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At the end of Startup Weekend, your team is expected to present for 5 minutes in front of a panel of experienced local entrepreneurs. Your 5 minute presentation should include both a demonstration of your MVP Prototype AND a brief overview of your business strategy (i.e. all of the thinking you put into your startup).

Every time I organize or facilitate a Startup Weekend I receive tons of questions about what a good final presentation looks like. So here’s a little guidance:

 

1. BROWSE YOUTUBE FOR EXAMPLES

There are literally hundreds, if not thousands, of example final presentations on YouTube from Startup Weekends around the world. You might have to adjust search terms to find the ones in English, but they are a great reference point.

A few of my favorites are below.

SW EDU Seattle – Lighthouse – Geo-location tracking for special needs children

Great job painting a picture of the problem, very impressive demo

SW Omaha – SimplyFi – Simplifying wifi expansion and management

Overall great energy and enthusiasm, great job knowing the flow, good articulation of the problem being solved.

SW Saratoga – Aqua – Improving sanitation and reducing water consumption in developing markets

Great example of a rudimentary prototype which is NOT digital! Keep in mind not every startup is an app.

SW San Francisco – Words with Bears – Language learning thorough motion via MSFT Kinect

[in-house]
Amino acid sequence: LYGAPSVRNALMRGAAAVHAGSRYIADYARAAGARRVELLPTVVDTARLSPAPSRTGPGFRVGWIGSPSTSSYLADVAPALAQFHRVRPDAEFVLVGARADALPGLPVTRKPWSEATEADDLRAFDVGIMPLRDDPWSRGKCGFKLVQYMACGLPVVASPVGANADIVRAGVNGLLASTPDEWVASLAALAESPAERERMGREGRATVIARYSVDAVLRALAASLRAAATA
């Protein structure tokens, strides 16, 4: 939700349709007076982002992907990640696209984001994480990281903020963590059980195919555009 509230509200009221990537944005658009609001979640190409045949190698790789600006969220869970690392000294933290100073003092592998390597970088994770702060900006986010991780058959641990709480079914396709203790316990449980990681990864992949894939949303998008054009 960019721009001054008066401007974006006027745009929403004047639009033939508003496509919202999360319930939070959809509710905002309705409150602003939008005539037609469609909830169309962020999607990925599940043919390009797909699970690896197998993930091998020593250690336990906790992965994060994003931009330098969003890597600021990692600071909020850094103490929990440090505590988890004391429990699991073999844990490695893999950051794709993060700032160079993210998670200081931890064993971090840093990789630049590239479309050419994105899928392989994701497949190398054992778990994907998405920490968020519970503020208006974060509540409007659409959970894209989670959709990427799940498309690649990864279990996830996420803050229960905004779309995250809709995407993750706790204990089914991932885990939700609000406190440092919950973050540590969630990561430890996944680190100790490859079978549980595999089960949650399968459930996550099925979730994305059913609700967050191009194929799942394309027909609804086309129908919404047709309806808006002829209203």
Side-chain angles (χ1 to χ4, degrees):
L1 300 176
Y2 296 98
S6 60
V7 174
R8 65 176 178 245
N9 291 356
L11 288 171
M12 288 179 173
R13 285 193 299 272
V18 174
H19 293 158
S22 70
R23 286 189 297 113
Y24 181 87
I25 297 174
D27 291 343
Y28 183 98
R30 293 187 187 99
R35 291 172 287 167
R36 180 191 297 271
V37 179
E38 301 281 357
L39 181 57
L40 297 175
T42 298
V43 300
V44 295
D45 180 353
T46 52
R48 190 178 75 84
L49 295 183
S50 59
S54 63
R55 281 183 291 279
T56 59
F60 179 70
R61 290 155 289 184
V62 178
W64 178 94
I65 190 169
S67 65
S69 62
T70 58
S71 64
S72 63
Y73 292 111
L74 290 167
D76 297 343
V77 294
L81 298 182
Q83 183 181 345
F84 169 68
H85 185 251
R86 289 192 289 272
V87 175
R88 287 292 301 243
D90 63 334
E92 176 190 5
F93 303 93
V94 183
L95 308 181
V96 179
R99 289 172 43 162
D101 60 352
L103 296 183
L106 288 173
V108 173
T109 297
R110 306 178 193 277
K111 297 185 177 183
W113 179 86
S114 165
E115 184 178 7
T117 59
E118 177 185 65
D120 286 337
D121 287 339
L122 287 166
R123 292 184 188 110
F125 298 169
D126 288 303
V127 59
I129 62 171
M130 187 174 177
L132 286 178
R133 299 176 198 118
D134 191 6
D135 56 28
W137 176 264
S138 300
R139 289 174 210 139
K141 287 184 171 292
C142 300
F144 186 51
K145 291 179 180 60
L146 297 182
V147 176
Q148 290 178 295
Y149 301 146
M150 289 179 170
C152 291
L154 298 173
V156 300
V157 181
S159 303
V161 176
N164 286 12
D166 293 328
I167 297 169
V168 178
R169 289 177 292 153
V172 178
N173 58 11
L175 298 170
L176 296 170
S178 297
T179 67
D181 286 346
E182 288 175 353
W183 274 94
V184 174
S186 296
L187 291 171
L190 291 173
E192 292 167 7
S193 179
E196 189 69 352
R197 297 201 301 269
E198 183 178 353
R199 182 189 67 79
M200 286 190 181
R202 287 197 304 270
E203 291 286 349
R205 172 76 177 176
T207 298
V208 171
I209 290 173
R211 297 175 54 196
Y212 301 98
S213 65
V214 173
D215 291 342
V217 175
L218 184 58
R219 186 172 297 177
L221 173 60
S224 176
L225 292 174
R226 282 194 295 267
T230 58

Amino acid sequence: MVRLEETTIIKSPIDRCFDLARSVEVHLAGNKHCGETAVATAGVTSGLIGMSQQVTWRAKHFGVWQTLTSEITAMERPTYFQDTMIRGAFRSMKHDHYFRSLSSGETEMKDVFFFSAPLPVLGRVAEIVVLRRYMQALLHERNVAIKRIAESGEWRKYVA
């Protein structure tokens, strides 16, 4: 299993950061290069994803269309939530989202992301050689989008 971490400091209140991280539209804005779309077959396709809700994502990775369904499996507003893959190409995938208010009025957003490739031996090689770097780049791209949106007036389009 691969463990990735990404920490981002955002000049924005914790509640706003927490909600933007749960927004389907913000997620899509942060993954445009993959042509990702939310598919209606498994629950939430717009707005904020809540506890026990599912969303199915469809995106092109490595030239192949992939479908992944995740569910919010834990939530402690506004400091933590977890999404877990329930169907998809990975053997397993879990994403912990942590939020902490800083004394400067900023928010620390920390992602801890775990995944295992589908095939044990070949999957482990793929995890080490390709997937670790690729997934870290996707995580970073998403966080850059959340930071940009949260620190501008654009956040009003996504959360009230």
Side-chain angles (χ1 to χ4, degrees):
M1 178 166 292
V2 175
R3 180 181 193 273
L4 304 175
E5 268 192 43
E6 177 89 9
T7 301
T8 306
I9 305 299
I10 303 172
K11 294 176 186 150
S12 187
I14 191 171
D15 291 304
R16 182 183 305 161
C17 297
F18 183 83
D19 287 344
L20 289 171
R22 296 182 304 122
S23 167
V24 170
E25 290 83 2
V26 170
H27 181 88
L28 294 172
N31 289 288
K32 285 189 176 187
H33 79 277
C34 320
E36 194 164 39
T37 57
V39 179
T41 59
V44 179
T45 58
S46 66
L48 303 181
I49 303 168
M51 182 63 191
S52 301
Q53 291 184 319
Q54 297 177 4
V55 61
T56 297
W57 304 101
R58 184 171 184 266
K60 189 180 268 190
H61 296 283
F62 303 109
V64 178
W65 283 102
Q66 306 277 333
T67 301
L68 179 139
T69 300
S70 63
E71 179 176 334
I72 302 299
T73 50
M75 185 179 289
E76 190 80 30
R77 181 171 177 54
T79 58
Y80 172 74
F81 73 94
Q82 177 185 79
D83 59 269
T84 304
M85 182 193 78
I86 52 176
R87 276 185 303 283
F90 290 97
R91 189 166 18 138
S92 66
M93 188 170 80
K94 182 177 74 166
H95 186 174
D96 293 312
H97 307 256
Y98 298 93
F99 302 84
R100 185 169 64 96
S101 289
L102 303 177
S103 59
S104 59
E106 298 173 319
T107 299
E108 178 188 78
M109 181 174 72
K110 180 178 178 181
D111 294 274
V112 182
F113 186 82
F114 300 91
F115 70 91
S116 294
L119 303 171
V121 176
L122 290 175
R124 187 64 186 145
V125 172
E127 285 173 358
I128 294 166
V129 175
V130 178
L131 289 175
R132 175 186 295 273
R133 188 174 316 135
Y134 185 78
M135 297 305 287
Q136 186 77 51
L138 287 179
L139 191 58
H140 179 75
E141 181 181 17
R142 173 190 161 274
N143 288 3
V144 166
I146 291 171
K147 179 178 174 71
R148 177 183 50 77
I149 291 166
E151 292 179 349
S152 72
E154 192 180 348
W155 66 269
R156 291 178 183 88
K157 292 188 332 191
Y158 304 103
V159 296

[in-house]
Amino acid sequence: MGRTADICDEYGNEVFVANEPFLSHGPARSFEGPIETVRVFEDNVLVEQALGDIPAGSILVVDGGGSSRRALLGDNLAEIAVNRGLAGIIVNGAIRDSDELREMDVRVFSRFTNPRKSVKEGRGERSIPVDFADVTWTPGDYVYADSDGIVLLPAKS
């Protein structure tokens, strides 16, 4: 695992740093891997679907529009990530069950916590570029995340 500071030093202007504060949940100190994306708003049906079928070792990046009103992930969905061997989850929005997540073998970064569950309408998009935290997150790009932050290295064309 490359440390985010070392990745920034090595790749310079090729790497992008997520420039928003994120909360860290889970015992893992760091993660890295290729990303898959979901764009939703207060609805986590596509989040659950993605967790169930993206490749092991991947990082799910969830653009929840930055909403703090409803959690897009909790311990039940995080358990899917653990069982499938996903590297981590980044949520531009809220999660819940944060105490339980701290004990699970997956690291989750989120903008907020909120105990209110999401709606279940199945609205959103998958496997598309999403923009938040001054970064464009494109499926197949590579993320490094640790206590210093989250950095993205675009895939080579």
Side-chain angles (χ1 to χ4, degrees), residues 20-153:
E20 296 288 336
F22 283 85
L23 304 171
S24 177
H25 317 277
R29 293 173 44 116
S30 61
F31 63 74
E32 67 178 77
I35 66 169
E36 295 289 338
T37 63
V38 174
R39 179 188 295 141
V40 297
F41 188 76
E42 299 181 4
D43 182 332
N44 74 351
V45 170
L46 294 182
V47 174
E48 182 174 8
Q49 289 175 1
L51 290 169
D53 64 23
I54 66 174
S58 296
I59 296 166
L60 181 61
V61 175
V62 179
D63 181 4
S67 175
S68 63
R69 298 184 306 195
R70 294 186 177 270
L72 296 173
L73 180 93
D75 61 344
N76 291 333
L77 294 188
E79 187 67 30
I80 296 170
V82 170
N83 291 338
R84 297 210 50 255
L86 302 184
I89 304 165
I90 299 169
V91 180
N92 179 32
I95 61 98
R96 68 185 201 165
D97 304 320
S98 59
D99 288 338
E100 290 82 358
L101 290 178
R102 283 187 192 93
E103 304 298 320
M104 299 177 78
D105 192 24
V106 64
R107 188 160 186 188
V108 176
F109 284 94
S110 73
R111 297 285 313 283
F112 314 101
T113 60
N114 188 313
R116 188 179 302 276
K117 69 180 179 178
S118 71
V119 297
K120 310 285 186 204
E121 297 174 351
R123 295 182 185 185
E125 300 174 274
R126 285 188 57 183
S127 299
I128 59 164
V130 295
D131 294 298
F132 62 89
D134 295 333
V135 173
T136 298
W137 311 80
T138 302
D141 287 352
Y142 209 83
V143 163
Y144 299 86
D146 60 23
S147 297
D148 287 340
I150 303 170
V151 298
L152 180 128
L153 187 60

Great demo, great job painting a picture of the opportunity and white space in the market, also a pretty funny name.

This slide deck from fellow Startup Weekend community member Nick Stevens has some very practical guidance on what to include in your presentation:

 

2. YOU WILL NOT HAVE TIME INCLUDE EVERYTHING YOU WANT TO SHARE

This 5 minute time limit will be STRICTLY MAINTAINED and you will be clapped off-stage at the end of the time.

In that 5 minutes, you will have to:

1) Demo your MVP Prototype

2) Consider many questions that the judges are interested in:

– What research was conducted to validate the problem & solution?
– Who is the target audience?
– How will the company acquire new customers?
– Who is the competition?
– How does the company differentiate itself?
– How will the company make money?
– Why was the product designed the way it was?
– How user-friendly & aesthetically pleasing is the product?
– What does a future roadmap look like?
– Were you able to conduct a demo?
– And more!

As you work on your final presentations, you should ask yourself these questions and more, then, be selecting about determine which information to include or omit from your final presentation. Work with your team to determine which points help you tell the most compelling story about your startup.  Use those as the foundation for your final presentation.

Anything you leave out, you should anticipate a judge asking during Q&A. Immediately following your presentation, the judges will have 5-10 minutes to ask you follow-up and clarifying questions about your startup.

 

3. MAKE THE JUDGES REALLY FEEL THE PROBLEM 

Many teams will over-emphasize their solution or technology in their final presentations. I believe strongly that this is over-rated.

I believe that one of the most effective things that a team can do is paint a very focused, emotional, yet concise picture of the big problem to be solved or the opportunity at hand.

If you can pull at my heart strings and make me truly see and believe in the bigger picture, it’s much easier jump for me as a judge, audience member, of consumer-at-large to land on your startup as the only possible solution to the problem.

Doing this shows that you understand your user, you’ve developed true empathy with them, and are thus able to design a solution that truly meets their needs.

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